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Pynchon, and How History Didn’t Turn Out the Way
We Thought It Would


The best of times. Not just money and unemploymentwise. History, apparently just another Baby Boomer, chose rust over burnout, longevity over Juliet. So the Cold War didn’t vaporize us; it slunk away muttering something between a whimper and a sigh of relief. And to most eyes the nuclear sword of Damocles -- though technically still poised over our heads -- doesn’t look much more threatening than a plastic disposable razor. Apocalypse not now.

The worst of times. Americans, the quintessential bad weather animals, have sunk into lassitude, ill-humor, and channel-surfing. In doing so they wolf down mountains of taco chips and dream of fat-laden food that will trick their bodies into losing weight. Since they’re already fat and ashamed, sex has become primarily vicarious (soon to be virtual) and focused on important issues such as distinguishing marks on the President’s genitals. This also does double work as a political issue, since its competitors boil down to incomprehensible bipartisan gibberish on (a) illegal campaign contributions, (b) budget-balancing, and (c) the medical-industrial complex. Supposedly -- my source is a famous toe-licker -- Bill Clinton won the last election by emphasizing “little issues.” What the hell else was he supposed to do?

He also cozied up to a bunch known as Soccer Moms. Now this was a group in real trouble, especially if they turned on the stereos in their Volvos while waiting out their neophyte Maradonas. Talk about a wasteland. Forget Oldies and Classic Rock, which are best enjoyed in elevators, or Rap: remember, these are Soccer Moms. Let’s say our hypothetical SM bumps into what her kids are listening to: grunge, the Seattle sound, literally thousands of fuzz-toned hacks trying to sound like Pearl Jam, who didn’t sound that good in the first place. Western Civilization’s best bet is a major eruption of Mt. Rainier. Meanwhile, my guess is many an SM got a taste of the future and headed west in the family Volvo, leaving her Umbro-clad progeny to rot on the playing fields of Rim City.

I shouldn’t pick on music. It’s the same on the screen or on the Astroturf or wherever else popular entertainment is purveyed. Technical perfection mocking the absolutely vapid nature of what is on display. It’s hard to tell who likes formulaic degradation, violence, and destruction more: the public or the producers. Disney, who once gave us Snow White and Bambi, just picked up the movie rights for a book featuring a drug ring with a penchant for hollowing-out dead babies and filling them with cocaine. So much for mind-expanding drugs.

Now, assuming this isn’t all anecdotal, things are really fine, and Americans as noble as always: is there a way around it, through it, or out of it? From a societal perspective, this presents real problems, since, if you accept my general thesis, our good fortune is our curse. He whom the Gods wish to destroy they give unto him his heart’s delight; salvation demands really bad juju -- a new Depression, Yellow Peril, or maybe a juicy Civil War.... Purists and the trigger-happy might argue this is simply a fair exchange for some good down-home probity. But Pragmatists, Yossarianists, and other socio-political slackers -- the great majority of us -- would very probably prefer to let the good times roll. Damn the citizenry! Full prosperity ahead!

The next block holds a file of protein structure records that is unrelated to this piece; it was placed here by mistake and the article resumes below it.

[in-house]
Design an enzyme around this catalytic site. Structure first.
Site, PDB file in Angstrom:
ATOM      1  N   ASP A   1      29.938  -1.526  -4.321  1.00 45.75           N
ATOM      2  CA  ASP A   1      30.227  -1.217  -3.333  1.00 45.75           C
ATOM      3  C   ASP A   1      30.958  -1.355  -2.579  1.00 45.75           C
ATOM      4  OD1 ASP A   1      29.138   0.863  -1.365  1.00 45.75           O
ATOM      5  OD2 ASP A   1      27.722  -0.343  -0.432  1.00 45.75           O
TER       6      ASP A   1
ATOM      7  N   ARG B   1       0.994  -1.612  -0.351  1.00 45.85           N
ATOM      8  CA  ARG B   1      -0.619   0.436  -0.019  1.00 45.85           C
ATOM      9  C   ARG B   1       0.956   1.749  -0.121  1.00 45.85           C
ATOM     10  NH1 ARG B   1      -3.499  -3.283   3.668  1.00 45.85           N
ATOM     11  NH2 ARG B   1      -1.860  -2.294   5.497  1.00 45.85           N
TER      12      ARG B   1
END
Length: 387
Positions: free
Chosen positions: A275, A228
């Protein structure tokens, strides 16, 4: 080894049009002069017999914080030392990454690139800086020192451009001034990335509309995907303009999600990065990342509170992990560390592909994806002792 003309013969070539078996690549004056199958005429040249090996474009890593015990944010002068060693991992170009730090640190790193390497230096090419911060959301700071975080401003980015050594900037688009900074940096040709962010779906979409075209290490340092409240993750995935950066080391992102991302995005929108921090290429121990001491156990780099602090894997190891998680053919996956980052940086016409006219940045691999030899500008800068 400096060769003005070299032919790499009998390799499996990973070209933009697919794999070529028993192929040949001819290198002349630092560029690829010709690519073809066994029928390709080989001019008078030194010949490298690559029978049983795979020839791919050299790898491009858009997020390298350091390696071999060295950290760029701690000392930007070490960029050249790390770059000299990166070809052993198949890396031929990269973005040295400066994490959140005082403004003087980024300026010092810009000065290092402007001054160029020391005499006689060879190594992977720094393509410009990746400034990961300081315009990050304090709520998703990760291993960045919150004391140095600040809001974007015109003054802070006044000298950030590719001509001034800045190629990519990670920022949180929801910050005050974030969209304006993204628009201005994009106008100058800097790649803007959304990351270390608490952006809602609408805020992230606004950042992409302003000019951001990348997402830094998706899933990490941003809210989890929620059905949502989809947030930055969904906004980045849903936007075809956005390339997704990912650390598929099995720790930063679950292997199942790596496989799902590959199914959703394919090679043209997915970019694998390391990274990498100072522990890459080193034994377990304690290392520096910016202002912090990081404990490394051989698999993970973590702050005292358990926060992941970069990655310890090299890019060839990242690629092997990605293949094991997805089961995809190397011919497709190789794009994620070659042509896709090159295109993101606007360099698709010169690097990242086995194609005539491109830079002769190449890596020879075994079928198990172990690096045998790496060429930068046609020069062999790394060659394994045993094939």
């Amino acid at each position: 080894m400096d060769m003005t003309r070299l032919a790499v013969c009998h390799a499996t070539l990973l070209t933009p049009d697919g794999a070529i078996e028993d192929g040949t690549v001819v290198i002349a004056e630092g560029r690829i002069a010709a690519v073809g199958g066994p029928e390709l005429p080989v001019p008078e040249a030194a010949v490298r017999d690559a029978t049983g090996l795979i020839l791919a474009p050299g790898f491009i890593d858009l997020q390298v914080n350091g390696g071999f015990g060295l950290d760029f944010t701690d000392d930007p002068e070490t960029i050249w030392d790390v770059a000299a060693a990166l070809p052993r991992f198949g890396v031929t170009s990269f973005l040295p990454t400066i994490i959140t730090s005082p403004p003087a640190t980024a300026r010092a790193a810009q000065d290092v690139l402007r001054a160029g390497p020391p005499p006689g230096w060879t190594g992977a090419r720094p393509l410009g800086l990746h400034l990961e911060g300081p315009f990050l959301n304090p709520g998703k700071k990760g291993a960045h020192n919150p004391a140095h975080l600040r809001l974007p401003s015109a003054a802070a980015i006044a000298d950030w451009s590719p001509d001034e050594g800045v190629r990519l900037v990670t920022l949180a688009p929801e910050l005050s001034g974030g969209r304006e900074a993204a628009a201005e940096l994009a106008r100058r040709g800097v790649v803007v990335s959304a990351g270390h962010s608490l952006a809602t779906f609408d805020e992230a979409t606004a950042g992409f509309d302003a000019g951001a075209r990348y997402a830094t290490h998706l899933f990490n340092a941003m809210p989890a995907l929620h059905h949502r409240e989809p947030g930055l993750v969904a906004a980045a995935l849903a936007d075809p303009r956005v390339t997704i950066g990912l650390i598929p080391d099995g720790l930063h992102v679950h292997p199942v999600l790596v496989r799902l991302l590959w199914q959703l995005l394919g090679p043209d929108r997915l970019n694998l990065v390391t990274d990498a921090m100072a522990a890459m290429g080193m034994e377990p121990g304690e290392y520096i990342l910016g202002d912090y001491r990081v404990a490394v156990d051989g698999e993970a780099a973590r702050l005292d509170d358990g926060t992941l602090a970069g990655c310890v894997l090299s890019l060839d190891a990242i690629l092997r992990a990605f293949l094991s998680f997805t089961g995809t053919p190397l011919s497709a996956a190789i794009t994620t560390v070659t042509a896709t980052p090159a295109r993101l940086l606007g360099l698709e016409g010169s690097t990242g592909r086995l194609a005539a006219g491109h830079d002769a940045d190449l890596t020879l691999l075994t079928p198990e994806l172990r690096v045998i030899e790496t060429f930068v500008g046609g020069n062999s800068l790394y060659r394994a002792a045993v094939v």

This brings me to the issue of personal integrity. Is it possible to avoid being slimed by good fortune? Not for me, certainly; I may actually lie below the norm, trimmerwise. No, this is a matter for those with at least a theoretical capacity for intellectual incorruptibility: stayers of the course, or at least those smart and funny enough to have some claim to group-think impermeability. Does such a Burberryman exist? Can we, unlike Diogenes, who after all lived in a jar, point a flashlight toward at least one honest homo americanus?

My candidate is Thomas Pynchon. I should point out that you can’t trust my objectivity (always a bad idea), since I consider him to be the best writer in the English language. But I think he has at least one other very relevant credential. In the Age of Me -- a time so rich and varied in its narcissistic possibilities that even scribblers get to do adoration walkabouts and maybe even Oprah -- he has not only shunned the cult of personality, but pretty much everybody, me included. Outside of one recent grainy photo -- he’s wearing a raincoat, incidentally -- he remains the Invisible Man. Maybe he’s shy, or it’s all a grand game of hide-and-seek; but for the sake of argument, let’s say it has something to do with personal integrity: not a hatred of the electronic media (supposedly, he never missed an episode of The Brady Bunch), but a loyalty to the written word. Sort of like this: “I’m a writer. I tell you everything you need to know on pieces of paper. Fuck the rest.” In any case he’s been lying low since 1963, so I think it’s at least reasonable to conclude that his is one stubborn fellow, the kind of guy who might actually try to match his freestyle against the tides of history.

Well, let’s get to the real Exhibit A, the writing: stories, some articles, even liner notes, but mostly, novels. They’re the crown jewels, since with Pynchon there seems to be a direct relationship between length and quality, as if the more he writes, the more neurons come into play. The shorter books, VINELAND and especially THE CRYING OF LOT 49, are certainly good by any reasonable definition of good. But it’s his long books, V, GRAVITY’S RAINBOW, and (maybe) MASON & DIXON, that reveal his power and argue most effectively: “You better read me for the next fifteen hundred years, or those who know will regard you as a dumb shit.”

So what makes him good? It sure ain’t his plots. A more shambling writer it’s hard to imagine. There is always a story line, sometimes even an intricate one; but like so many paths in the deep woods, it ends up disappearing into the underbrush. You try to follow, but it’s nowhere to be found. Not exactly a recommendation for immortality, though it didn’t stop Sterne. But still, what’s the big deal?